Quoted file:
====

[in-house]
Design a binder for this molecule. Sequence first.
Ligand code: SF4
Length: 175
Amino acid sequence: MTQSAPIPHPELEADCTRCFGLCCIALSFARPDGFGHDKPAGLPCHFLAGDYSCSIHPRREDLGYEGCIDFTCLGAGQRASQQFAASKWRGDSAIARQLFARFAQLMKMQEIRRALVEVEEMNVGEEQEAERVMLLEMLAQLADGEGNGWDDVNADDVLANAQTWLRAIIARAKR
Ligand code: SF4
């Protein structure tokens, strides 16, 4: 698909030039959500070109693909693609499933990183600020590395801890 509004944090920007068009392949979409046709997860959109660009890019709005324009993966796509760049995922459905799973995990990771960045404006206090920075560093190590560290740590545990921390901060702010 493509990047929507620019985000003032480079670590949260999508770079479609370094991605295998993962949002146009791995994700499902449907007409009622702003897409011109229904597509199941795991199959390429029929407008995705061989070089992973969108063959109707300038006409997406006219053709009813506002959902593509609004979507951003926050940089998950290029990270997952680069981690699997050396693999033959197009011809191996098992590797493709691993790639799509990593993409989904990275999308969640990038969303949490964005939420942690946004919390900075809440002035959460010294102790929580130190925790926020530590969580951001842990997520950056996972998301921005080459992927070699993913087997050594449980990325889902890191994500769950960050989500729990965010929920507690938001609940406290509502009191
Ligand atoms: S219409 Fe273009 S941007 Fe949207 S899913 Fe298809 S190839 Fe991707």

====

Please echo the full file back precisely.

[in-house]
Design a binder for this molecule. Sequence first.
Ligand code: SF4
Length: 175
Amino acid sequence: MTQSAPIPHPELEADCTRCFGLCCIALSFARPDGFGHDKPAGLPCHFLAGDYSCSIHPRREDLGYEGCIDFTCLGAGQRASQQFAASKWRGDSAIARQLFARFAQLMKMQEIRRALVEVEEMNVGEEQEAERVMLLEMLAQLADGEGNGWDDVNADDVLANAQTWLRAIIARAKR
Ligand code: SF4
């Protein structure tokens, strides 16, 4: 698909030039959500070109693909693609499933990183600020590395801890 509004944090920007068009392949979409046709997860959109660009890019709005324009993966796509760049995922459905799973995990990771960045404006206090920075560093190590560290740590545990921390901060702010 493509990047929507620019985000003032480079670590949260999508770079479609370094991605295998993962949002146009791995994700499902449907007409009622702003897409011109229904597509199941795991199959390429029929407008995705061989070089992973969108063959109707300038006409997406006219053709009813506002959902593509609004979507951003926050940089998950290029990270997952680069981690699997050396693999033959197009011809191996098992590797493709691993790639799509990593993409989904990275999308969640990038969303949490964005939420942690946004919390900075809440002035959460010294102790929580130190925790926020530590969580951001842990997520950056996972998301921005080459992927070699993913087997050594449980990325889902890191994500769950960050989500729990965010929920507690938001609940406290509502009191
Ligand atoms: S219409 Fe273009 S941007 Fe949207 S899913 Fe298809 S190839 Fe991707």